UVC (Ultraviolet-C) technology has been around for several years, primarily used in healthcare and research settings, but this method has been gaining increased attention and usage by consumers in light of the Covid-19 situation. In an effort to mitigate the risk of infections in healthcare, powerful UVC disinfection machines and robots have been developed and tested, but is the same UVC power used in consumer devices?
Touted as a “natural” alternative to conventional disinfection solutions, UVC disinfection devices are available in various shapes and forms to suit consumer needs – think portable lamps, handheld wands, and even mini cabinets that claim to eliminate germs in homes. But how effective are these UVC disinfection machines in killing germs? And is it really safe for personal and home use?
We give you the lowdown on the expert-backed truth about UV light disinfection.
What is UVC?
A quick science lesson: the sun produces a spectrum of electromagnetic radiation at varying wavelengths and frequencies. The three most common rays come in the form of UVA, UVB and UVC.
Most of us are familiar with UVA and UVB, which can penetrate deep into skin to cause damaging effects such as sunburn and even skin cancer. As harmful as it is to humans, these two spectrums have no known effect on bacteria and viruses according to experts. UVC rays, on the other hand, are absorbed by the ozone layer and unable to pass through the atmosphere to reach the earth’s surface, which means we are not directly exposed to it. Hence, UVC can only be created by artificial sources.
When produced artificially, UVC is said to have the shortest and most effective wavelength for killing pathogens. At its optimum wavelength, it has the ability to break up the genetic material in bacteria, viruses and mold spores, therefore preventing them from functioning or reproducing. This makes UVC a powerful form of disinfection for water and surfaces, and has been widely used to reduce the spread of everyday viruses.
How effective is UVC disinfection?
There are limitations to how effective UVC radiation can be. In order for UVC to achieve the desired level of disinfection, direct exposure is needed to inactivate bacteria and viruses on surfaces. Thus, it’s important to ensure that there’s nothing blocking the line of sight from the light source, including dirt, stains or any objects that can cast shadows to the given area.
In addition, it’s also highly dependent on other factors such as wavelength, dosage, and duration of exposure. For instance, the UVC rays are required to be at an optimum wavelength of 200 to 300 nm in order to effectively target the specific organism. It also has to be given at a proper dosage; many UVC disinfection products sold in the consumer market typically come with a lower dose, so a longer duration of exposure to a given surface is needed to ensure effectiveness.
The bottom line? Yes, UVC disinfection devices can be effective at curbing the spread of germs, but only when using the correct device in carefully controlled settings. To give yourself a peace of mind, look for a product with clear instructions and specifications on what it delivers, along with evidence of third-party testing in independent laboratories to validate the efficacy claims made by the manufacturer.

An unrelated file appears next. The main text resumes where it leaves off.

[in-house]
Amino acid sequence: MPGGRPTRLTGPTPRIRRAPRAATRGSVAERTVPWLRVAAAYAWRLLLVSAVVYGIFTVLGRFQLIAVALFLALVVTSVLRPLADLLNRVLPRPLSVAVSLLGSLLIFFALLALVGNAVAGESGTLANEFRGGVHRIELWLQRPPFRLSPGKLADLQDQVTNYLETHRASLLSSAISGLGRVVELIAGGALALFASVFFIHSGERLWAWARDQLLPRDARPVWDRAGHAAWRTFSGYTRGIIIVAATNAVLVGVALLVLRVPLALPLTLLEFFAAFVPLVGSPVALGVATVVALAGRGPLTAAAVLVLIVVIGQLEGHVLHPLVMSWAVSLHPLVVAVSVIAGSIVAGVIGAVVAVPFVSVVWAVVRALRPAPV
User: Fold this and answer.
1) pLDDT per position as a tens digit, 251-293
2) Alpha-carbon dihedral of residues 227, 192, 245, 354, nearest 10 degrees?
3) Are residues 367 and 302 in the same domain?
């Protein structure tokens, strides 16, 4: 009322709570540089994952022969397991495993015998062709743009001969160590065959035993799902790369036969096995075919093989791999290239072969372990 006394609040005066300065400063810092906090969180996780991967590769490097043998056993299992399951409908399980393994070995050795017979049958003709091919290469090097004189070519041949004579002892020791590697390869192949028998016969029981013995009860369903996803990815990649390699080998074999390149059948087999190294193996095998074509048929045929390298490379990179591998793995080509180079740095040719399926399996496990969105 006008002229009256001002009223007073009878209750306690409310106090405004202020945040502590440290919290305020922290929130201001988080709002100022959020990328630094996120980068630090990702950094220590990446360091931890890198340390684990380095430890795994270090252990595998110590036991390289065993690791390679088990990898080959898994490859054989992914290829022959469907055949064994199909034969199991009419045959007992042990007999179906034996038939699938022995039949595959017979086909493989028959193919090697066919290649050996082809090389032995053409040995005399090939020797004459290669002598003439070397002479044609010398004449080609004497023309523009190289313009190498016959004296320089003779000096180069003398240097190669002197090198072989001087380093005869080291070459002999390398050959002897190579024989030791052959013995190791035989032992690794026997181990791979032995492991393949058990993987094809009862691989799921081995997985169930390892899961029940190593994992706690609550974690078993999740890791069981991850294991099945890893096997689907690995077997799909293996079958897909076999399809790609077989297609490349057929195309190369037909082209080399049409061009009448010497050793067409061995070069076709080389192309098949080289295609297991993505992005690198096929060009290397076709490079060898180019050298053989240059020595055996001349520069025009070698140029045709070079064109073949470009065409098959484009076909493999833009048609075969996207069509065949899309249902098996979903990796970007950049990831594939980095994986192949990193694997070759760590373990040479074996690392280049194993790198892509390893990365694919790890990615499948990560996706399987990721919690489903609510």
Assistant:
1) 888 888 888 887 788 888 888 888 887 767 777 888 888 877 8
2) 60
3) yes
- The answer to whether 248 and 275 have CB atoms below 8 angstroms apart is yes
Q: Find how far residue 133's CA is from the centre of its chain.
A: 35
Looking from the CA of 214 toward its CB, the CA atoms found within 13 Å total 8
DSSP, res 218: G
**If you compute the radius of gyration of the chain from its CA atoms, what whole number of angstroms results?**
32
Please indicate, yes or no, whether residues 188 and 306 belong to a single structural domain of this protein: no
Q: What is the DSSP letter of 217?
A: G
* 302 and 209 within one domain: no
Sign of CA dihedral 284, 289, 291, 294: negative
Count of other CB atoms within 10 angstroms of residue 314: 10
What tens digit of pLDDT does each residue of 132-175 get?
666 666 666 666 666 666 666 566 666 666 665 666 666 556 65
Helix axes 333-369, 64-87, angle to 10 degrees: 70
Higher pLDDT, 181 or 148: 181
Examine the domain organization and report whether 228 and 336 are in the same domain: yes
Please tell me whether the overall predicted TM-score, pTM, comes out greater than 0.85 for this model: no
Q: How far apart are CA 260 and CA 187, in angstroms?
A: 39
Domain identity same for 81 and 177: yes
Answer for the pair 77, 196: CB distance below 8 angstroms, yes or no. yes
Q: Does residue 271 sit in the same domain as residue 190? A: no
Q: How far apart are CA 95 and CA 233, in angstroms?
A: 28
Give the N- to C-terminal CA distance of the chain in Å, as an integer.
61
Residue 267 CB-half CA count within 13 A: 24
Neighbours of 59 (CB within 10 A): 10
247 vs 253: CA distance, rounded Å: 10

Is UVC light disinfection safe to use?
Many brands have been tapping into UVC technology to create consumer-friendly light disinfection products that are marketed for at-home use. But despite its claims, most of these gadgets’ UV light for room disinfection has low effectiveness and may pose potential health and safety risks. If not used or installed properly, the UVC radiation may cause skin burns and eye injuries if directly exposed to the light source, even briefly.
As such, the National Environment Agency (NEA) advises households to refrain from using UVC-based devices for disinfection purposes at home. If needed, choose products with appropriate safety features that prevent users from any accidental exposure to UVC radiation, such as motion sensors that will automatically switch off the unit when it detects human movement. UVC light disinfection devices should only be operated in an unoccupied, enclosed room.
Little is known about the long-term effects of UVC radiation on humans, so it’s important to understand the health and safety risks involved. Always use UVC disinfection devices with extreme caution; avoid direct contact with the skin, and steer clear of looking straight into the direction of the light source.
Until there’s more research and concrete findings on the safety and efficacy of the many UVC disinfection products that have appeared on the market, it’s best to stick to trusted methods of disinfection that are tested and proven to be effective and safe for consumer use.
About BioCair Singapore
Based in Singapore and a trusted international brand, BioCair develops state-of-the-art alcohol-free disinfectant solutions for healthcare and consumers. All BioCair disinfectant products are tested and proven to be highly effective in killing airborne and surface germs without the use of harmful chemicals. Safe for everyday use, our non-toxic disinfectants are backed up with third-party testings to ensure that all products are safe, reliable and effective without causing any adverse effects to one’s health.